If I had one complaint it is that the bad guys have a tendency to monologue to reveal their evil plans. If they had mustaches, they'd be twirling them.

The Crown Conspiracy was the perfect light, fast read I was looking for. I had great fun on my first adventure with Hadrian and Royce. I'm looking forward to the rest of the series. ( )
  Narilka | Mar 6, 2021 |
This book reads quickly, but doesn't suffer for it in quality. And the end leaves me curious to see what happens next. ( )
  JonOwnbey | May 28, 2020 |
Sullivan described his writings goals for the Riyria Revelations to include a simple, "invisible" prose, and familiar, established fantasy tropes. He argues that the latter fits like a well-worn glove, helping the audience to focus on the characters and the plot. I think he's succeeded with this first installment. It's a simple, quick-paced story with a few surprising twists. It's pure fun, and that's all it was meant to be. ( )
  bobbybslax | May 17, 2020 |
Showing 1-5 of 39 (next | show all)
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To my wife, Robin, (my biggest fan, critic, contributer, and publicist)
whose hard work and dedication made it all possible.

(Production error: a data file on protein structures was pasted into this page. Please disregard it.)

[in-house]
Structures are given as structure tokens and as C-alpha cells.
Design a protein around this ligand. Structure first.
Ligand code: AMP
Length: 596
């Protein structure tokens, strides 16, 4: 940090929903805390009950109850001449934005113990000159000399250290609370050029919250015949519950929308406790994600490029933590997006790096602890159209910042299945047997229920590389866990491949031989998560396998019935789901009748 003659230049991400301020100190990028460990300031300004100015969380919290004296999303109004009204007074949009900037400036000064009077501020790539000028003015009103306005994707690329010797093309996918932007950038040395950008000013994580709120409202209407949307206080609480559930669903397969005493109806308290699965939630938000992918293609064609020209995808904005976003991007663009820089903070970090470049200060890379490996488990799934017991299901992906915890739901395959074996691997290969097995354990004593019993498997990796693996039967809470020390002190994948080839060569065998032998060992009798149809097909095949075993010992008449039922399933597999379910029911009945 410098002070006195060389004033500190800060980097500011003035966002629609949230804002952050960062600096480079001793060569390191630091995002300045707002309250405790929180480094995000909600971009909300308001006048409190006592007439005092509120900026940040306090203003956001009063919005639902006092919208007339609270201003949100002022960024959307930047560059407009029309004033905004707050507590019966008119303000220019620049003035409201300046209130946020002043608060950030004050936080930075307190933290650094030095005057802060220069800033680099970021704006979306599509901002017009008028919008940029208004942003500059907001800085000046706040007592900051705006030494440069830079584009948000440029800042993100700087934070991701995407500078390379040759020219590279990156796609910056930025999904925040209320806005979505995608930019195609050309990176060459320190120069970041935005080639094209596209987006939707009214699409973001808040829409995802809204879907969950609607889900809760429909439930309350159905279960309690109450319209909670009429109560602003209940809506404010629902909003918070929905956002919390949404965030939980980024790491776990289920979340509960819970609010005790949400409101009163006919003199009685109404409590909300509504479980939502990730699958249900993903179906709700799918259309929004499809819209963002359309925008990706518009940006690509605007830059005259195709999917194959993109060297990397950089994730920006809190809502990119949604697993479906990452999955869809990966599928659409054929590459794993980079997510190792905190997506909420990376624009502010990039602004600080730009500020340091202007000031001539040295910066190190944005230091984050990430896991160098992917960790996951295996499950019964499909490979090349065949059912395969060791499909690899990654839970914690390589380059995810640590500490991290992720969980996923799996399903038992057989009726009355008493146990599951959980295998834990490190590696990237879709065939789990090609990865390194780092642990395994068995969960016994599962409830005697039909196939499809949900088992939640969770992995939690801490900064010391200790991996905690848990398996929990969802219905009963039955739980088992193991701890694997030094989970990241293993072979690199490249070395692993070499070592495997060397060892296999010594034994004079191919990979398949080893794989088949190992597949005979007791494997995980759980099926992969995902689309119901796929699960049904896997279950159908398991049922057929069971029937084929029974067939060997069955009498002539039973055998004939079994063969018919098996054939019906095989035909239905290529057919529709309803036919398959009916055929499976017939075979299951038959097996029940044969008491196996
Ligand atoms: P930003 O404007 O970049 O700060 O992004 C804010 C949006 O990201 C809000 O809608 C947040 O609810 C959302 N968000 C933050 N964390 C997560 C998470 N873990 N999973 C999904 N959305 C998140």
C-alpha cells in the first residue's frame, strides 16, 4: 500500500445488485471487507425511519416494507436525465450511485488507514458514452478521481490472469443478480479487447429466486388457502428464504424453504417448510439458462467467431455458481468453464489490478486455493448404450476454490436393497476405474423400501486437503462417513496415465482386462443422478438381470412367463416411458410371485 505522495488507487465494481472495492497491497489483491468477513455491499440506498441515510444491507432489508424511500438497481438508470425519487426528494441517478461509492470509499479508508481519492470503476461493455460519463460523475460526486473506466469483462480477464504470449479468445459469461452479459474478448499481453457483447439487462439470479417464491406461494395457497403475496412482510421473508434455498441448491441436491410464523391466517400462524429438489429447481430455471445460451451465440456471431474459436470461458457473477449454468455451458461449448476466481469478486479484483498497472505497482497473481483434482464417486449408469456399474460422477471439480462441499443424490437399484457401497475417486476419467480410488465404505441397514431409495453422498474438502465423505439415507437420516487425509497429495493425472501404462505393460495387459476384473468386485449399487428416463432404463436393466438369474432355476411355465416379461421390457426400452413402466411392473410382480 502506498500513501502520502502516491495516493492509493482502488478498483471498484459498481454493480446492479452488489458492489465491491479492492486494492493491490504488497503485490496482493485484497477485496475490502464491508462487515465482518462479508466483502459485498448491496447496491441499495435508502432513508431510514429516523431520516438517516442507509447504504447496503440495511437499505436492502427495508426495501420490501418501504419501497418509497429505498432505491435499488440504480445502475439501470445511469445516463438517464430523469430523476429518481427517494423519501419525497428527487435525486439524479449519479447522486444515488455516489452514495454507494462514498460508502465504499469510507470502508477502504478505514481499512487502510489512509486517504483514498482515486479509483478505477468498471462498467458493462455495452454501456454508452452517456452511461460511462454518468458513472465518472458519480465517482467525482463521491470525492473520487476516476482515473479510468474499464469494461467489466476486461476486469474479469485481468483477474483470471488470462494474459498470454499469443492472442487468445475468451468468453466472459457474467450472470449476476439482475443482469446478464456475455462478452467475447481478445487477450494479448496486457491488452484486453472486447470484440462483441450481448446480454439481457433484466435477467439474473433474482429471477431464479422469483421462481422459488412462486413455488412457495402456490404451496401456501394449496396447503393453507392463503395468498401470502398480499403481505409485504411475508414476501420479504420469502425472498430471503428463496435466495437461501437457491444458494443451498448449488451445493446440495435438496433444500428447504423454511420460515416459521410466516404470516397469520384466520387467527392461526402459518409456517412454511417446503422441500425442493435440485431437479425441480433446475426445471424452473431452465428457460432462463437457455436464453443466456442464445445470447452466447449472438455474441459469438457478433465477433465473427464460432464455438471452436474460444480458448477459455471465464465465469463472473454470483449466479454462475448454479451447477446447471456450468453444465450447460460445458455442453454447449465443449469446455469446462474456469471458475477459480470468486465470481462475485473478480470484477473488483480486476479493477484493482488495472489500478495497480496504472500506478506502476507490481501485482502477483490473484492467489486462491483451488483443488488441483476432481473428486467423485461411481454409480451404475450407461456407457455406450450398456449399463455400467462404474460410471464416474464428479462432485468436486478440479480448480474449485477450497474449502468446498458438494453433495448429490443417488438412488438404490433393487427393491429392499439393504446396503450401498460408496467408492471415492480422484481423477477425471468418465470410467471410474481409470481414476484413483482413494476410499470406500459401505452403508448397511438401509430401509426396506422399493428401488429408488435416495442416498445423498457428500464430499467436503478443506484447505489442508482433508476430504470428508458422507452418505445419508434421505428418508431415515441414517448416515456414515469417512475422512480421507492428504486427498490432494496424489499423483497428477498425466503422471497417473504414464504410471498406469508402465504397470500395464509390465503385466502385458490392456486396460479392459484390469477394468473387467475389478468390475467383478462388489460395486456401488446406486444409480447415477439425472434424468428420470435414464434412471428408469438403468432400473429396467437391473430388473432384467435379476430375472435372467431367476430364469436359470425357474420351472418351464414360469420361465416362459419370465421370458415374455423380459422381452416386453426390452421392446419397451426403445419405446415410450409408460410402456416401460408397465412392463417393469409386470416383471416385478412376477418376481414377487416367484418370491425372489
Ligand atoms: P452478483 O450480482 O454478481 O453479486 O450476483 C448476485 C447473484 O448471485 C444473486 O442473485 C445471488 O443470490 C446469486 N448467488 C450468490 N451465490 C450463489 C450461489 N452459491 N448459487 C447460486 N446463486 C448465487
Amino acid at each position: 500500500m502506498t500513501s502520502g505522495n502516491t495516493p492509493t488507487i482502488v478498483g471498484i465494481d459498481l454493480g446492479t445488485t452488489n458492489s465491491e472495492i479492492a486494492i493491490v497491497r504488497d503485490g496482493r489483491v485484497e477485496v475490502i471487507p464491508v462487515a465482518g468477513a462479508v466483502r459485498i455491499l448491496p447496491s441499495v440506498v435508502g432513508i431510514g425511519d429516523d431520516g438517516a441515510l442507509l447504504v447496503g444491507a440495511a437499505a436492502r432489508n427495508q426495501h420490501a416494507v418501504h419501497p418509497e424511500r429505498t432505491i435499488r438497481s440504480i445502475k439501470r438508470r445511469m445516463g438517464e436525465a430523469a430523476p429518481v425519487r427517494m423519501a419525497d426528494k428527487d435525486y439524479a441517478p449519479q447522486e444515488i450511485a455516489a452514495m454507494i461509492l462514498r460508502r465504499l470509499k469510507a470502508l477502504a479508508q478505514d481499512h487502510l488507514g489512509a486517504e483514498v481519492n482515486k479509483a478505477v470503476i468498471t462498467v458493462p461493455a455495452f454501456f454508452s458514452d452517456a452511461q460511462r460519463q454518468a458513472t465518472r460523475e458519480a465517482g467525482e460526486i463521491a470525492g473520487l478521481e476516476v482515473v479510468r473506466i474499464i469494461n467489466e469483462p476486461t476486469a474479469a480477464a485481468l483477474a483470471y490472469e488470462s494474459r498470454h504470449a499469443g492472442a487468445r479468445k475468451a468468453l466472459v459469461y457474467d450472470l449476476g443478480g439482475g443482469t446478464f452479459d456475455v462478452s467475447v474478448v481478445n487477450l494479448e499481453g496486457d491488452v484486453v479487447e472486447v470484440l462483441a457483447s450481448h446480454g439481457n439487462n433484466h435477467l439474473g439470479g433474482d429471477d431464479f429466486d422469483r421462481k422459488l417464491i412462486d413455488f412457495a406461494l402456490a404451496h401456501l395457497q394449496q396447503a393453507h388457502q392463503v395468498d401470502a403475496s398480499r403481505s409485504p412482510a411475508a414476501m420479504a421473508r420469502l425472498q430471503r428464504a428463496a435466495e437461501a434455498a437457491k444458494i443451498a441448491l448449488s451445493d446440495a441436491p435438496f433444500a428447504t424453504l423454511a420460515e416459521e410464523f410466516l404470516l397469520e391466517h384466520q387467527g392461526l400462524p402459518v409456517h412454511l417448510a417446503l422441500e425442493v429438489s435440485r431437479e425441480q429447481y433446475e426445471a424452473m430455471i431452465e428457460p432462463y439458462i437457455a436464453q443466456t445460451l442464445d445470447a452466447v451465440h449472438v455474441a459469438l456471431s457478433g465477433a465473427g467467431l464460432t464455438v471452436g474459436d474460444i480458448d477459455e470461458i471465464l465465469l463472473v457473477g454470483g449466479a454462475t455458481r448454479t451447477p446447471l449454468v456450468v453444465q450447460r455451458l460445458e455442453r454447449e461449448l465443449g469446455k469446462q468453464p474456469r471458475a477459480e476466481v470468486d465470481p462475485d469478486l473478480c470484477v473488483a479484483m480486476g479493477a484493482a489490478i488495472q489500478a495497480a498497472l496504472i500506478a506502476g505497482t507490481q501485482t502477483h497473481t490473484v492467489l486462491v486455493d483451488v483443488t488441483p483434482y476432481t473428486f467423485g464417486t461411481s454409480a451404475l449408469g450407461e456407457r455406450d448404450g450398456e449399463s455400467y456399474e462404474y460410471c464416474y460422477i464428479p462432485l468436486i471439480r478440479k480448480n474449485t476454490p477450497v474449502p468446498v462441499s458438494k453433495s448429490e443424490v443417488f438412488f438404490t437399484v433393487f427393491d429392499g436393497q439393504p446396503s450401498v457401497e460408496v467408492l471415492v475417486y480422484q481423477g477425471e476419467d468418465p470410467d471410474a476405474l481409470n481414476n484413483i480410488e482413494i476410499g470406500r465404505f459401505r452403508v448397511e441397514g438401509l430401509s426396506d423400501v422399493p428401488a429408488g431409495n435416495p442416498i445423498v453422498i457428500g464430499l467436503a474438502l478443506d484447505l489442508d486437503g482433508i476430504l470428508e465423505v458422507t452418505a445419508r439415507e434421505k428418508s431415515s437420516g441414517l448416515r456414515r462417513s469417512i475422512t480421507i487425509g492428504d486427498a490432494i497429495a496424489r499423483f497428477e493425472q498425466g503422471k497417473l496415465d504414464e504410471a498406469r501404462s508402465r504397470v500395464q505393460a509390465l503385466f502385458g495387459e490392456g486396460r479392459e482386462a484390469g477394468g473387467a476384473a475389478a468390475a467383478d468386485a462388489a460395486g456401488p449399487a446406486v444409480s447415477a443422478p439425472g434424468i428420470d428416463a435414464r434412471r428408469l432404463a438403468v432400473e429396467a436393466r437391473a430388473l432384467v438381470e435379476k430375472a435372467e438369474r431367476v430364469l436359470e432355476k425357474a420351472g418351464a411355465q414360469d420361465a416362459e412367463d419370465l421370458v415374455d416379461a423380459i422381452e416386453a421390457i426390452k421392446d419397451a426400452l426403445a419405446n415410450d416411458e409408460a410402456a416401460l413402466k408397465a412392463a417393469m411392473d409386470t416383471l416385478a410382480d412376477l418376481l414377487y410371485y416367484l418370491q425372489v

And to my daughter, Sarah, who would not read
the story until published.
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Archibald Ballentyne held the world in his hands, conveniently contained within fifteen stolen letters.
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Royce Melborn, a skilled thief, and his mercenary partner, Hadrian Blackwater, make a profitable living carrying out dangerous assignments for conspiring nobles until they become the unwitting scapegoats in the murder of the king. Sentenced to death, they have only one way out.

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In The Crown Conspiracy Royce Melborn, a skilled thief, and his mercenary partner, Hadrian Blackwater make a profitable living carrying out dangerous assignments for conspiring nobles until they become the unwitting scapegoats in a plot to murder the king. Sentenced to death, they have only one way out…and so begins this epic tale of treachery and adventure, sword fighting and magic, myth and legend. The writing style focuses on characters and plot rather than verbose world building. This first book of the Riyria Revelations is a heroic adventure written for adult readers yet suitable for those 13 and older.

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Michael J. Sullivan is a LibraryThing Author, an author who lists their personal library on LibraryThing.

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Average: (3.88)